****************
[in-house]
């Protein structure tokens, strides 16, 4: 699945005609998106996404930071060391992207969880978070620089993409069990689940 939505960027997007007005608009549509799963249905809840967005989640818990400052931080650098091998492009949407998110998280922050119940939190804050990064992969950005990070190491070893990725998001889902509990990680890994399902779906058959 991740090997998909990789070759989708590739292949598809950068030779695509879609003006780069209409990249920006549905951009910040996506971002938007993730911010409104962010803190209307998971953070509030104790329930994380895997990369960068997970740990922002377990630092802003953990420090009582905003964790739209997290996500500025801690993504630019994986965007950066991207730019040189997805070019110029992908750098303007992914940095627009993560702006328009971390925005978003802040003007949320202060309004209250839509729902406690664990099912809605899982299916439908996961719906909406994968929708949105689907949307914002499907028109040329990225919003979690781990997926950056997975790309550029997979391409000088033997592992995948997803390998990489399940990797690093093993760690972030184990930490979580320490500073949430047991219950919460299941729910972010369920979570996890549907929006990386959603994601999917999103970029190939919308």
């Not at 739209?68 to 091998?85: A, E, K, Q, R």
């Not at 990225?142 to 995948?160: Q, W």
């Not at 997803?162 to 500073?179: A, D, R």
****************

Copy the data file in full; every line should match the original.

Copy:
[in-house]
């Protein structure tokens, strides 16, 4: 699945005609998106996404930071060391992207969880978070620089993409069990689940 939505960027997007007005608009549509799963249905809840967005989640818990400052931080650098091998492009949407998110998280922050119940939190804050990064992969950005990070190491070893990725998001889902509990990680890994399902779906058959 991740090997998909990789070759989708590739292949598809950068030779695509879609003006780069209409990249920006549905951009910040996506971002938007993730911010409104962010803190209307998971953070509030104790329930994380895997990369960068997970740990922002377990630092802003953990420090009582905003964790739209997290996500500025801690993504630019994986965007950066991207730019040189997805070019110029992908750098303007992914940095627009993560702006328009971390925005978003802040003007949320202060309004209250839509729902406690664990099912809605899982299916439908996961719906909406994968929708949105689907949307914002499907028109040329990225919003979690781990997926950056997975790309550029997979391409000088033997592992995948997803390998990489399940990797690093093993760690972030184990930490979580320490500073949430047991219950919460299941729910972010369920979570996890549907929006990386959603994601999917999103970029190939919308």
């Not at 739209?68 to 091998?85: A, E, K, Q, R």
């Not at 990225?142 to 995948?160: Q, W």
């Not at 997803?162 to 500073?179: A, D, R």